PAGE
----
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kontiki99 (Electrical) (OP)
15 Apr 11 13:17
Lately I've been wondering about becoming an executive.

Maybe it's being in the trenches that doesn't feel like a good fit any more.

I seen all those people listed in Who's Who listed in AWS&T for years. I've never known any of them

Whats the best way to transition?  How does someone wind up director or VP of a larger company?

We all compete for engineering lead spots when they open, but that doesn't even seem like much of a step up.  Very few of the even more Sr. management I've ever met didn't seemed to have any special gift or perception at all.

Is changing companies a better time to try the transition?
MiketheEngineer (Structural)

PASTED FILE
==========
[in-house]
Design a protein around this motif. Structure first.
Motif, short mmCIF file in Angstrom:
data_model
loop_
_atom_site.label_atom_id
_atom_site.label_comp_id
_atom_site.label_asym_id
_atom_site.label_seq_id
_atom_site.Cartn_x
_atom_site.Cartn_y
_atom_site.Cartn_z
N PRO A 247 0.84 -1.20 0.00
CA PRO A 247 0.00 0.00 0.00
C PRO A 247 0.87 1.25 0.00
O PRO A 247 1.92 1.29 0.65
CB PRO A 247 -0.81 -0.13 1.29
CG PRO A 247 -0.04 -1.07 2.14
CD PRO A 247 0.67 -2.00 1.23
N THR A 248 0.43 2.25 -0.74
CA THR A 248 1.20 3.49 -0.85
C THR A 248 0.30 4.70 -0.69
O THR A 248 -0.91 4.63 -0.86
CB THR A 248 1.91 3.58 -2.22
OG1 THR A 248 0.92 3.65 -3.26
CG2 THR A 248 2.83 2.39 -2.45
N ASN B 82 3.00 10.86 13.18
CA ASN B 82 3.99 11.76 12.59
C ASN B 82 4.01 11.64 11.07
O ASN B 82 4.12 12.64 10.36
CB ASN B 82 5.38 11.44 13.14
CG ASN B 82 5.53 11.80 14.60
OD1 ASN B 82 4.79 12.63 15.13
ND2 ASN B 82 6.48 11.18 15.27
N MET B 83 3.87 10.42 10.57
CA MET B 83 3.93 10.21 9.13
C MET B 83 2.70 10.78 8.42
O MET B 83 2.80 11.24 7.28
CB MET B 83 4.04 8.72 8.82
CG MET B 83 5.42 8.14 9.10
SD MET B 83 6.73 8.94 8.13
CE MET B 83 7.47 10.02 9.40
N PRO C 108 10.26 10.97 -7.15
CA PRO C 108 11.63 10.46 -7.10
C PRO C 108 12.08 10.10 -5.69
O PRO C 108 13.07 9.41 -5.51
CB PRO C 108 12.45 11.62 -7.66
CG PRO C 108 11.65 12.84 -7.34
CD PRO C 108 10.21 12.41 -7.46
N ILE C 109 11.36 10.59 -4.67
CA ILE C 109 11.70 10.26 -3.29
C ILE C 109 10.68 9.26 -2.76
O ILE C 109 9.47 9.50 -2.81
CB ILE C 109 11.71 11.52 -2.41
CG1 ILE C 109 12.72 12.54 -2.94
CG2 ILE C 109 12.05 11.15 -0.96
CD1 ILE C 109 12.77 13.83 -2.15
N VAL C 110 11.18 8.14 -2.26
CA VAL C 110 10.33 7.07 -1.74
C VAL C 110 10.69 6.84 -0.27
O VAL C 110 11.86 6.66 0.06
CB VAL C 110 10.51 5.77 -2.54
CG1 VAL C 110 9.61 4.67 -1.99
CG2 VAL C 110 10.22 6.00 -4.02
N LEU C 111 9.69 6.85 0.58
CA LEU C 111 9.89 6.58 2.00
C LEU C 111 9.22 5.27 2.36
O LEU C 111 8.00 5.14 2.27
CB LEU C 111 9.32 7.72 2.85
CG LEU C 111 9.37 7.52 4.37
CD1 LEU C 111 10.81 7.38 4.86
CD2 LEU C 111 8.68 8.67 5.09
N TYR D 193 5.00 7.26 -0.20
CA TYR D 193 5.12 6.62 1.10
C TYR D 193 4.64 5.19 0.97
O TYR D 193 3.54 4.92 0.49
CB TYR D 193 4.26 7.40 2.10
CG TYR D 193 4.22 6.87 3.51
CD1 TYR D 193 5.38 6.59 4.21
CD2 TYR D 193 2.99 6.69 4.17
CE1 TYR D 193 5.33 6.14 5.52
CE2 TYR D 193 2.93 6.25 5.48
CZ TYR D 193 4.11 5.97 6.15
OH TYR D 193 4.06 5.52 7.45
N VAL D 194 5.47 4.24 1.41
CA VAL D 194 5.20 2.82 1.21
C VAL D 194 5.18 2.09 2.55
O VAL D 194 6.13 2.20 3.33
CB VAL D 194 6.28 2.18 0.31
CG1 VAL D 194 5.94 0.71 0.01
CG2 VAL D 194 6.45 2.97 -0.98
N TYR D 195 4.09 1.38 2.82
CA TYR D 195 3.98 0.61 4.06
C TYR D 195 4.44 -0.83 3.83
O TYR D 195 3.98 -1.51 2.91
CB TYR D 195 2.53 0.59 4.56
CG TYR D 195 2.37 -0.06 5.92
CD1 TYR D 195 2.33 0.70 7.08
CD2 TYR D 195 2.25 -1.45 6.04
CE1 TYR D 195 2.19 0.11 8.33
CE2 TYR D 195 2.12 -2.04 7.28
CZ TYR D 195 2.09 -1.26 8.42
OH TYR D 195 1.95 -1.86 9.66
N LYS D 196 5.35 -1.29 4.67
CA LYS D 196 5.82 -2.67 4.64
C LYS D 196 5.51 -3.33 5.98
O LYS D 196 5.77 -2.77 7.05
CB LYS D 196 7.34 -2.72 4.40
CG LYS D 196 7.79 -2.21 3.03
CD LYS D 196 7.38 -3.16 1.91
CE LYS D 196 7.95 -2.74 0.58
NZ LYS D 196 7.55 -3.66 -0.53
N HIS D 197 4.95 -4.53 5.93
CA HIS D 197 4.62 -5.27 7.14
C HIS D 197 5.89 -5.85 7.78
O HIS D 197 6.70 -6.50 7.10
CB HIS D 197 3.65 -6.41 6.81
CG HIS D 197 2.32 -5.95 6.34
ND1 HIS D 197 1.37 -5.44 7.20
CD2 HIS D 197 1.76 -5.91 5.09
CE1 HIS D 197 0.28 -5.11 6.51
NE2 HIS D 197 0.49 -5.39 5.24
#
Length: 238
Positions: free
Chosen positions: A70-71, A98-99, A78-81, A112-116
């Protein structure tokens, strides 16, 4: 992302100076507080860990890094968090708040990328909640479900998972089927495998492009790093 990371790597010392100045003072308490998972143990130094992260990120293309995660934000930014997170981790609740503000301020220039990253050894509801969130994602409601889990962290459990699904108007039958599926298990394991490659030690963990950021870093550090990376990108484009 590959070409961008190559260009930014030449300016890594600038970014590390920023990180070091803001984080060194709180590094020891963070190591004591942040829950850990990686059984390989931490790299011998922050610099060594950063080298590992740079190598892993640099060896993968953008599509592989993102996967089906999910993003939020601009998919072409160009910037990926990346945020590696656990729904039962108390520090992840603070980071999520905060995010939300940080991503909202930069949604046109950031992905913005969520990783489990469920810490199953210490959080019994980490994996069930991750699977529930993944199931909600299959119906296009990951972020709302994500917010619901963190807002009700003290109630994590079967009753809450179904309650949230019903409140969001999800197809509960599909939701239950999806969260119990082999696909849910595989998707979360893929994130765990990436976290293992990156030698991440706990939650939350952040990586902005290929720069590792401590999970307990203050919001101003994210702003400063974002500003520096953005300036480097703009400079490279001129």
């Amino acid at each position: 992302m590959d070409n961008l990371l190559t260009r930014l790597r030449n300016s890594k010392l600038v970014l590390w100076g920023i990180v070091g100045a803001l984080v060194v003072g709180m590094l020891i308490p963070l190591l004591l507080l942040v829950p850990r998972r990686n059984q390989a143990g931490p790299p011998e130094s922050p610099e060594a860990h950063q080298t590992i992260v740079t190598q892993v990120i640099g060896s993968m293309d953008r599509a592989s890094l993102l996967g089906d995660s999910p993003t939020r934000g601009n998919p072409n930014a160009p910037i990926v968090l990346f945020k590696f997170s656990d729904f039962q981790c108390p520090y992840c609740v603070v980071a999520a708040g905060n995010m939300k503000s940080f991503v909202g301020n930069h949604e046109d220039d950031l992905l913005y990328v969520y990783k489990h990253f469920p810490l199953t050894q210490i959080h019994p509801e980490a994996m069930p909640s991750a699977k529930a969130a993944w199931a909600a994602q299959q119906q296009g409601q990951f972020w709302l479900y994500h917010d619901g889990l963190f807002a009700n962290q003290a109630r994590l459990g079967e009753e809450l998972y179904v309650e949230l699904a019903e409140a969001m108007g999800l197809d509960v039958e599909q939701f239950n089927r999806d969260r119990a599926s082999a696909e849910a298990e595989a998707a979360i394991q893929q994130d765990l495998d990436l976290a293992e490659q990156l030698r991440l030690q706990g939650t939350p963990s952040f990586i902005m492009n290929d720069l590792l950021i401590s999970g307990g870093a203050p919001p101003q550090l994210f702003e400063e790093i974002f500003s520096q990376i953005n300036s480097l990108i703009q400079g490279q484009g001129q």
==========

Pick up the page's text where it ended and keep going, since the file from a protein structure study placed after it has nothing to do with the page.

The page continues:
15 Apr 11 14:11
Don't know your schooling background - but MGMT seems to like MBAs.

And yes - you might have to change companies if you want to fast track - unless someone quits or dies at yours.
TheTick (Mechanical)
15 Apr 11 14:38
If you can't climb the ladder, build your own tower.
cvg (Civil/Environmental)
15 Apr 11 15:20
most executives can figure this out on their own. You need to start with management. Have you managed a project or any other staff yet? Start with that, see how it goes and move on from there.
ctopher (Mechanical)
15 Apr 11 15:24
You're on the right track, playing around on the Internet and forums.
lol

Chris
SolidWorks 10 SP4.0
ctopher's home
SolidWorks Legion

lacajun (Electrical)
15 Apr 11 15:49
One of my older colleagues thought he was on the executive track until he was told he lacked the right pedigree, educational institution, family situation, etc.

I've been around plenty of upper managers.  They are human.  But they are there for some reason.  Maybe they're a test for the rest of us.
rbulsara (Electrical)
16 Apr 11 11:23